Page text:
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Comments for HippieMommy



always learning



Last Build Date: Tue, 28 Jan 2014 21:58:48 +0000

 



Comment on Getting Your Family to Eat More Vegetables by Helen

Tue, 28 Jan 2014 21:58:48 +0000

I love the idea of roasting all of vegetables for the week at time. I'm going to do this. I read French Kids Eat Everything in December and thought it was amazing. I had been stuck in a cooking rut but the book inspired me to cook a more varied menu. I also implemented the no snacking thing for the kids which has been really wonderful.



Comment on 5 Ways to Stay Healthy in Cold Weather by amanda

Thu, 09 Jan 2014 23:41:56 +0000

Brandy, I add the berries (and usually apples and more pumpkin pie-type of spices) into the slowcooker when I add the rice and liquid. That way the berries are soft in the morning. My kids far prefer them that way. In terms of dried fruit, it is more easily assimilated when rehydrated, especially for Vata types. They are considered drying and Spleen tonifying (due to the sweetness) in small amounts. They are Spleen compromising in large amounts.



Comment on 5 Ways to Stay Healthy in Cold Weather by Brandy

Thu, 09 Jan 2014 22:24:05 +0000

Great tips! Thanks! For the congee, when would one add the berries (or other fruit)? When the rice and liquid are placed in the slow cooker, or in the morning, when it is ready? And, how do dried fruits fit into the mix. Would they be better/worse/similar to cooked fruits, in a warming sense, or best avoided for other reasons?



Comment on Glorious summer! by amanda

Thu, 10 Oct 2013 01:25:36 +0000

We bought ours from Amazon. The text link should take you right there. My kids are still playing with it nearly every day. They absolutely love it.



Comment on Glorious summer! by Heather

Wed, 09 Oct 2013 21:31:27 +0000

Where did you find the bird bingo game? We would love to get one of those. We have Bug Bingo and it gets a lot of use :)



Comment on Glorious summer! by Lori

Sun, 23 Jun 2013 22:34:33 +0000

your summer already looks beautiful! :) can’t wait to see what the kids produce — maybe you’ll want to share some things on our kid-diirected project blog PBH Kids :) http://pbhkids.tumblr.com/ thank you so much for the kind words re: the pbh book & my site — and yay about being in the class! :D



Comment on Growing my craft by Suzanne

Mon, 08 Apr 2013 17:17:11 +0000

The colors are just INCREDIBLE!



Comment on The End of Sex by Lisa

Tue, 26 Feb 2013 18:01:41 +0000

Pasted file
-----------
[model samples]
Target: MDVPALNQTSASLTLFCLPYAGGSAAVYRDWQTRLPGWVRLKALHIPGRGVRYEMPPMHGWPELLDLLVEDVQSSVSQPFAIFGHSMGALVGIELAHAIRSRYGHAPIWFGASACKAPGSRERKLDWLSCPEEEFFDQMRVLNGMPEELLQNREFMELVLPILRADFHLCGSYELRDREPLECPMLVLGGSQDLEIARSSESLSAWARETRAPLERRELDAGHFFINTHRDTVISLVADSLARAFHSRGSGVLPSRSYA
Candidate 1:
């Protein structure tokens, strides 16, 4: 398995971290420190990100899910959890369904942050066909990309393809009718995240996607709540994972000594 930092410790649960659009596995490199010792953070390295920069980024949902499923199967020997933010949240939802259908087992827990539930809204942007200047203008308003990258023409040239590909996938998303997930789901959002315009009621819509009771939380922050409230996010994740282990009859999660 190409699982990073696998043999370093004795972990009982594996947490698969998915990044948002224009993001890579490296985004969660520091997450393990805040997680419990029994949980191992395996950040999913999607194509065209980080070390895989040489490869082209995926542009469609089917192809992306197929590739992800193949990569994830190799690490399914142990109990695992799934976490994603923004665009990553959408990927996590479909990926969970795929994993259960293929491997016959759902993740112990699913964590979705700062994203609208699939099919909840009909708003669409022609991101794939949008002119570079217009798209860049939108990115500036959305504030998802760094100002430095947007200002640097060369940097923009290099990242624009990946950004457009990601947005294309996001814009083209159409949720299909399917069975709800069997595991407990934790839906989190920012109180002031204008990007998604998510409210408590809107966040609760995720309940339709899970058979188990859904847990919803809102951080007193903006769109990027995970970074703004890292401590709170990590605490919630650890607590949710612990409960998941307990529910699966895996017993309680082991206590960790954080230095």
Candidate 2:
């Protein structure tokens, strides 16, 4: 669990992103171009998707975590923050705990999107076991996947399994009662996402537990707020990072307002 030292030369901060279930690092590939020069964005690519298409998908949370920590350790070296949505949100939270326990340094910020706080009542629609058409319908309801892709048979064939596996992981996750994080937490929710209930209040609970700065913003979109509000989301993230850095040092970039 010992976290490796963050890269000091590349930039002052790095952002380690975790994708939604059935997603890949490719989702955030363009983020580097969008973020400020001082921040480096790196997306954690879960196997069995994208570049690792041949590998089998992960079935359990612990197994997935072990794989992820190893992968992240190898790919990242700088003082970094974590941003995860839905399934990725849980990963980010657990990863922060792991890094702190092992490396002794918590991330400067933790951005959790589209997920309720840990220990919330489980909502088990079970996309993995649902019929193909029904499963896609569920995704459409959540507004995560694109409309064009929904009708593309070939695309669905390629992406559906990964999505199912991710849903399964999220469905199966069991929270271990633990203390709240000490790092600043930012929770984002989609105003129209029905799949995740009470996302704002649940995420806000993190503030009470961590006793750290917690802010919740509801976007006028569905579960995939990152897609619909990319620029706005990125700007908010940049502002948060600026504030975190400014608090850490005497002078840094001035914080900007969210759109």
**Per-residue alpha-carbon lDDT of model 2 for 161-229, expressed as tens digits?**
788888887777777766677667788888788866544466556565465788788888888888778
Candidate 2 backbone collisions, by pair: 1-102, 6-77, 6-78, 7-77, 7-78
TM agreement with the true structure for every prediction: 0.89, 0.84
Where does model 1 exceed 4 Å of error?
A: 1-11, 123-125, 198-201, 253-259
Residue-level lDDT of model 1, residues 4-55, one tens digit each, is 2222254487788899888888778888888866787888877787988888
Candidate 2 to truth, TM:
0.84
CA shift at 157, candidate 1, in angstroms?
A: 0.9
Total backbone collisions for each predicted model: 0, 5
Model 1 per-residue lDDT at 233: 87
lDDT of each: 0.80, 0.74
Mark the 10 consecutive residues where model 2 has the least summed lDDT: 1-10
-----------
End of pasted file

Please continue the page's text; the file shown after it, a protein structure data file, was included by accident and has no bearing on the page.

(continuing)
As someone who's been teaching college students since the mid-90s, I haven't seen the culture shift much at all. Unsurprisingly, there is a sizable contingent of students who continue to drink and party heavily, which tends to lead to poor choices. This is particularly true at large state schools and any school where the parent has the money to foot the bill (and thus, the student doesn't feel a whole lot of responsibility when it comes to say, passing classes or graduating right away). However, compare that to what we saw in the 1960s and '70s ("Love the One You're With," anyone?), or the '80s, or the '90s and it seems there has been a pretty regular pattern involving young people, alcohol and drugs and casual sex. There has also been a regular pattern of students who come to college seeking a degree and a mate. They come to class, study hard, often work part- or full-time jobs and aren't drinking heavily or sleeping around. I'm surprised the author wasn't able to find these students, but perhaps it would have meant she would have had to go to the library where students were studying rather than the parties where they weren't? (In fairness, I haven't read the book but I find her conclusions to be vastly removed from my own experiences as a university professor or for that matter, as a university student.) I greatly question her sample size. Why are there no private Protestant institutions included? Catholics and evangelicals are only part of the religious spectrum. Also, are community colleges included? Or universities with commuter campuses? The problem might lie in the assumption that there is one dominant culture that students need to "opt-out" of, when in fact there have also always been a number of cultures in high school and college. Yes, there are the jocks, the nerds, the ones who are just keeping their heads down and getting their degree so they can live their life, the frat boys and sorority sisters, and the ones who just want to party. As a proud member of the nerds, I never felt like I was opting-out of anything. Yes, I knew where the parties were, both as an undergrad and in grad school. I had no interest in parties (or sororities) and for that matter no time owing to a continuous overload of classes and part-time jobs. Neither did my friends. And that's the crux of it: when all your friends are the kind who are more focused on their work and whose "light" reading consists of scholarly books in the subject they are interested in (think Hermione in the Harry Potter series), hook-up culture and party culture and jock culture don't exist. You don't know anyone there and you have no interest. I'm not saying it doesn't exist, but merely pointing out that it's something that's existed for a long time and is not much more pervasive than it was 50 years ago. The opportunity to drink and party one's way through college is reserved for those whose parents can afford to pay for 5 or 6 years, not for those students who have to hold down jobs and keep their grades up so they won't lose their financial aid--and that is the reality that more college students than not find themselves in these days.